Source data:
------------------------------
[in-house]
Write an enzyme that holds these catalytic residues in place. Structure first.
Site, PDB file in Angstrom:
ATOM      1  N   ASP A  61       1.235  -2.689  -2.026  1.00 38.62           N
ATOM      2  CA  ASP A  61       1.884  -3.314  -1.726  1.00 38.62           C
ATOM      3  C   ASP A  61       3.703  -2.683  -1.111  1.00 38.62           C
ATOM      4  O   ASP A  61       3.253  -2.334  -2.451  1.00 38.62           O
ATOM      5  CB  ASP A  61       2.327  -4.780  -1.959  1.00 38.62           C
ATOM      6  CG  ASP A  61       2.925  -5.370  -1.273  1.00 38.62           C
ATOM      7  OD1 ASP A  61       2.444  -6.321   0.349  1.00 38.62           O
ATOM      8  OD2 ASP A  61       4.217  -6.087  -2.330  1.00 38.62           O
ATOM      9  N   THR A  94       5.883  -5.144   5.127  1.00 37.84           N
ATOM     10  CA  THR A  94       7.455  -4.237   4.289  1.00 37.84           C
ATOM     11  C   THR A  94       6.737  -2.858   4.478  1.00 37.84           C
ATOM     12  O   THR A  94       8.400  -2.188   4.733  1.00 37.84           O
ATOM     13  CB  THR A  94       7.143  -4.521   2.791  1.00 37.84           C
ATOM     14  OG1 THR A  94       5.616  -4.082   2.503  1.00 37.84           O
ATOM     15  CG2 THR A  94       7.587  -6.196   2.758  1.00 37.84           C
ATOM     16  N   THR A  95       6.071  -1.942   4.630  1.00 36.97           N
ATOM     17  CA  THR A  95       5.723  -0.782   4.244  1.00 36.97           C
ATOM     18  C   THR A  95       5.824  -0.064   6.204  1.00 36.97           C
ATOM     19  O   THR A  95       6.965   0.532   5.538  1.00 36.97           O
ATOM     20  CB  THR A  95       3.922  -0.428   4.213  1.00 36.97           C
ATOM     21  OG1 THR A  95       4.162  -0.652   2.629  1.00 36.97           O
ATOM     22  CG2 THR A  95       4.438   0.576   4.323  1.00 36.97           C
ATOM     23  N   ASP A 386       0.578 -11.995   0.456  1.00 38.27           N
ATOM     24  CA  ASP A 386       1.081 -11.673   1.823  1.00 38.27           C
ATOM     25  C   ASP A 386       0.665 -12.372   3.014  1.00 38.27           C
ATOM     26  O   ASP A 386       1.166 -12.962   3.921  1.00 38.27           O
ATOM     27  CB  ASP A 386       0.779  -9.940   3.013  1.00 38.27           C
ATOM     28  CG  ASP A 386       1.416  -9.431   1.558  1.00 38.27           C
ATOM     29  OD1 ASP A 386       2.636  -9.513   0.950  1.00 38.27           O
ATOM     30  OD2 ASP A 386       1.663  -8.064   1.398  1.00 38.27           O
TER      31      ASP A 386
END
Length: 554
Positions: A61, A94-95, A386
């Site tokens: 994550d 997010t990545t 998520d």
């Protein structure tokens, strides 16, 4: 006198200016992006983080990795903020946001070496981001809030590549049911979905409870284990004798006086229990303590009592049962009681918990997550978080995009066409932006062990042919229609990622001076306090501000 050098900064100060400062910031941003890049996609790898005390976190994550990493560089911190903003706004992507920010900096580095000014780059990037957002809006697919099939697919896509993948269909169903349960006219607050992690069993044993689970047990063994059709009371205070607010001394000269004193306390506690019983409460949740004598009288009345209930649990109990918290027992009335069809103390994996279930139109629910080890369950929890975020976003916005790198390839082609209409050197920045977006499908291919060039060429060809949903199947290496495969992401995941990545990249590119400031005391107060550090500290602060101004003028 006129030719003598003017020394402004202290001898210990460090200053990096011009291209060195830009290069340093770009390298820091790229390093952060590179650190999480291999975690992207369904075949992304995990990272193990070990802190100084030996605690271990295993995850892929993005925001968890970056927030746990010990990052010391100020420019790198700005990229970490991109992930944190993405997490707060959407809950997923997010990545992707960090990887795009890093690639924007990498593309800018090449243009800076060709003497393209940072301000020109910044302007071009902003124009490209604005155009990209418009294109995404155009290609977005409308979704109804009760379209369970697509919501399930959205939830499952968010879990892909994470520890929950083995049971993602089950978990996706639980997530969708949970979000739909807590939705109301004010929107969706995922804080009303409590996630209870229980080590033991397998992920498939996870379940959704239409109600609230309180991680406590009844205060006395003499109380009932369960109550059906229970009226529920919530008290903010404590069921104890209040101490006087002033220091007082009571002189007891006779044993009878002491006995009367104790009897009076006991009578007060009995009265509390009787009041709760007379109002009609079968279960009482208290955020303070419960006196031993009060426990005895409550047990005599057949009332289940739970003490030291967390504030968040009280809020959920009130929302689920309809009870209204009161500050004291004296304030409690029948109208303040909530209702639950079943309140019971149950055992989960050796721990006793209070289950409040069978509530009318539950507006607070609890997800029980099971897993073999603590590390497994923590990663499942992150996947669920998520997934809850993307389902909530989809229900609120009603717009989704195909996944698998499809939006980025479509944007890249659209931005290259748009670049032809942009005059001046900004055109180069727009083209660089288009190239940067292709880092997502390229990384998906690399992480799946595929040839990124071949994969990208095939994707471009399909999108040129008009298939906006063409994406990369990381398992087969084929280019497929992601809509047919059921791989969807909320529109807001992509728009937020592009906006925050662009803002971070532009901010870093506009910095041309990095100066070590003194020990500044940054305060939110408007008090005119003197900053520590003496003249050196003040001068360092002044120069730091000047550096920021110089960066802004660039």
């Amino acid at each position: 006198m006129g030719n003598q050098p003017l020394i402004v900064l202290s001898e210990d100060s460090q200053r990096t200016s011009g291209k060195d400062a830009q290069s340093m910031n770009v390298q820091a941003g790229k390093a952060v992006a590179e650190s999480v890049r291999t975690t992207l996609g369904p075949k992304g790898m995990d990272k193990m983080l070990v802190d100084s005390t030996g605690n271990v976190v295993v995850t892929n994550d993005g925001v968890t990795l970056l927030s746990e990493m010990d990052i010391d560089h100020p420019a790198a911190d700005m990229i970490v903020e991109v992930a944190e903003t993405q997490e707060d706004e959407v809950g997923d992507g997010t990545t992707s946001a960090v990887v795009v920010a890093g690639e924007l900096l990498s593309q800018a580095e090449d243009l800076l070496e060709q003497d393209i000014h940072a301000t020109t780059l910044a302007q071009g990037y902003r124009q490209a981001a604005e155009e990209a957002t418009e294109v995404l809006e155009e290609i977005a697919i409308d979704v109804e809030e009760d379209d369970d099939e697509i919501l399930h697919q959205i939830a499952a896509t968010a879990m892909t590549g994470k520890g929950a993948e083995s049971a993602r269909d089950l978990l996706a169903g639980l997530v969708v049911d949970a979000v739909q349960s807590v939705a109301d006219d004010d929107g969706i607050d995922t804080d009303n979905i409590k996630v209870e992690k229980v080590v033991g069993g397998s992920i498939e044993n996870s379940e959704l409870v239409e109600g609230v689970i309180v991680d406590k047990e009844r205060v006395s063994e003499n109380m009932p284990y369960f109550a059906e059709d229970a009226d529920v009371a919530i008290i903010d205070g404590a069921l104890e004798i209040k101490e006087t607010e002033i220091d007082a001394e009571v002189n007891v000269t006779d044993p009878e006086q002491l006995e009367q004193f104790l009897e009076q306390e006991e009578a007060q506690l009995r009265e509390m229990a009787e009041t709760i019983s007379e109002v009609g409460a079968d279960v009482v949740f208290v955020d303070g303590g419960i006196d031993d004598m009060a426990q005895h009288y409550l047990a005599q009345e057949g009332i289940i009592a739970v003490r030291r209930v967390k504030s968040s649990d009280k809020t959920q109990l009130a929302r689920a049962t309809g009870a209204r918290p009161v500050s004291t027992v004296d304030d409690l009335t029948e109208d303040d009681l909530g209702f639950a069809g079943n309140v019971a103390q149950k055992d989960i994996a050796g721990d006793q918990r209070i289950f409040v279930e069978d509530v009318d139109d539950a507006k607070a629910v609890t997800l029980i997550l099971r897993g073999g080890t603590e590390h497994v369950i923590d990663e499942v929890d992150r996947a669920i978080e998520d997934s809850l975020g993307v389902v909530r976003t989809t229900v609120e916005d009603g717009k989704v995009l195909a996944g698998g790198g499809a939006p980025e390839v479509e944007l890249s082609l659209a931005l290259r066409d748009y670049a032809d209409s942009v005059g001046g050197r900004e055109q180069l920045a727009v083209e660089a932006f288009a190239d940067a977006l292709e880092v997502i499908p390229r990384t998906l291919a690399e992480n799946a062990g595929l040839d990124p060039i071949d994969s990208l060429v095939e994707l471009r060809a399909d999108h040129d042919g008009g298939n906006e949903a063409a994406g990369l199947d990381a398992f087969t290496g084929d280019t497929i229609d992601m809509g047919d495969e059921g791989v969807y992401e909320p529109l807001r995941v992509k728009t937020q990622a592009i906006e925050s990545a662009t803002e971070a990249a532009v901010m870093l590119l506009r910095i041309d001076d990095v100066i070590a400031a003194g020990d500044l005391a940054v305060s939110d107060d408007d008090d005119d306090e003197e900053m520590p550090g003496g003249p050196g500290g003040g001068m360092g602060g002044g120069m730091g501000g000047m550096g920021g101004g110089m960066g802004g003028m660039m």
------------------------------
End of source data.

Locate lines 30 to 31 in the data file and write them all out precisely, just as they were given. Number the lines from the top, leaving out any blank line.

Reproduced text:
ATOM     27  CB  ASP A 386       0.779  -9.940   3.013  1.00 38.27           C
ATOM     28  CG  ASP A 386       1.416  -9.431   1.558  1.00 38.27           C